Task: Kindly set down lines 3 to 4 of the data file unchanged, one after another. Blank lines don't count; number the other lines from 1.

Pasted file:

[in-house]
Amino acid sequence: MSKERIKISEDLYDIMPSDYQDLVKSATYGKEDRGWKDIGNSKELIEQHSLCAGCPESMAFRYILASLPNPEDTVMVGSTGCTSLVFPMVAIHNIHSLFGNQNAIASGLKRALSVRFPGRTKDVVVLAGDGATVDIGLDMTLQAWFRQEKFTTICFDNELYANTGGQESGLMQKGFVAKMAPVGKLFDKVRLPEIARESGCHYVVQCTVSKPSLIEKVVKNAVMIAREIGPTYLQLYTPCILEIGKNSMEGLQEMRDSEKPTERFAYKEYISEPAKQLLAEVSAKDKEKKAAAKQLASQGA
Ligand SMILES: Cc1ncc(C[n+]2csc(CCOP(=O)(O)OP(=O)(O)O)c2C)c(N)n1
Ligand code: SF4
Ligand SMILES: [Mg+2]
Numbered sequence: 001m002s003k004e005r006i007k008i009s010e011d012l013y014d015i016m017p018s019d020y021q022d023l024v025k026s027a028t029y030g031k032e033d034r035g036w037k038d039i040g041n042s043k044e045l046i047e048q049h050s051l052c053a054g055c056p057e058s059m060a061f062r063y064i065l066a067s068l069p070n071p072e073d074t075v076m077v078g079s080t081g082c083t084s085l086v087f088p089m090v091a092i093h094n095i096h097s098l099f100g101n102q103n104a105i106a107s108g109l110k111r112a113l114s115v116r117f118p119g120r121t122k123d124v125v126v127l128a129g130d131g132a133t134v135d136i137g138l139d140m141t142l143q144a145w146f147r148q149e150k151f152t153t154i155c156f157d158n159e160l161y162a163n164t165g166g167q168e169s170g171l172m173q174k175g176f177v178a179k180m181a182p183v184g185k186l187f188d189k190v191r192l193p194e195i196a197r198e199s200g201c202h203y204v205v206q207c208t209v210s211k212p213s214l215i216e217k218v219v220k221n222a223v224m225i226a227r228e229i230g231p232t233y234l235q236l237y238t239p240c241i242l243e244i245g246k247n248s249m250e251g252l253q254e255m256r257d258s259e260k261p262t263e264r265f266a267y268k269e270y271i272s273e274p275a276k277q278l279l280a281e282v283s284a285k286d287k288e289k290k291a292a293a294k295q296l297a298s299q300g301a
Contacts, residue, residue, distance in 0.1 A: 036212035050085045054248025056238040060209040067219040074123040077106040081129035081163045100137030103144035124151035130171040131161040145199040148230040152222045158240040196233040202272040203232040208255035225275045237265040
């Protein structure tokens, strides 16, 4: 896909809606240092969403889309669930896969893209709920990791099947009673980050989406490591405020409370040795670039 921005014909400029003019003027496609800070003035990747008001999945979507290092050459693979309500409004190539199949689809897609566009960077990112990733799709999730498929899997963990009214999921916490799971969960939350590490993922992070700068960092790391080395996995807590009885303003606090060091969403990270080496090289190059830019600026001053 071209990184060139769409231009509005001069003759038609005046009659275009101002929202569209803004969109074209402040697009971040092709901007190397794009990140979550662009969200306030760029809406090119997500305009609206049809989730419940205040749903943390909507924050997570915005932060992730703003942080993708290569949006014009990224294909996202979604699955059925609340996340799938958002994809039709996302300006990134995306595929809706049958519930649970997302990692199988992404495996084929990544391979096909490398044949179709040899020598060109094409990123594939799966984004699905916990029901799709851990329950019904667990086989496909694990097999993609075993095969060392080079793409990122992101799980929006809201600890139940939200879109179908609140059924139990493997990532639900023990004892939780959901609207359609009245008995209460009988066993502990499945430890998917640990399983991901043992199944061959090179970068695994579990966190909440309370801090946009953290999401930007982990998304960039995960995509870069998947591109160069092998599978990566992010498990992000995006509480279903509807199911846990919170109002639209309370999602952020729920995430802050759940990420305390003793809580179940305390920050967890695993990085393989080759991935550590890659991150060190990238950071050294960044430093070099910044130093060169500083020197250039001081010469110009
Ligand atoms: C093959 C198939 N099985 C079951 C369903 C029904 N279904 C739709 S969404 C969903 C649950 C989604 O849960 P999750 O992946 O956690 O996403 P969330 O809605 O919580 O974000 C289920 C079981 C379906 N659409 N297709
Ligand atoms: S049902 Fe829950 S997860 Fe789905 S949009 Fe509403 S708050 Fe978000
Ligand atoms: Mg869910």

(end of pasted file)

Ligand SMILES: Cc1ncc(C[n+]2csc(CCOP(=O)(O)OP(=O)(O)O)c2C)c(N)n1
Ligand code: SF4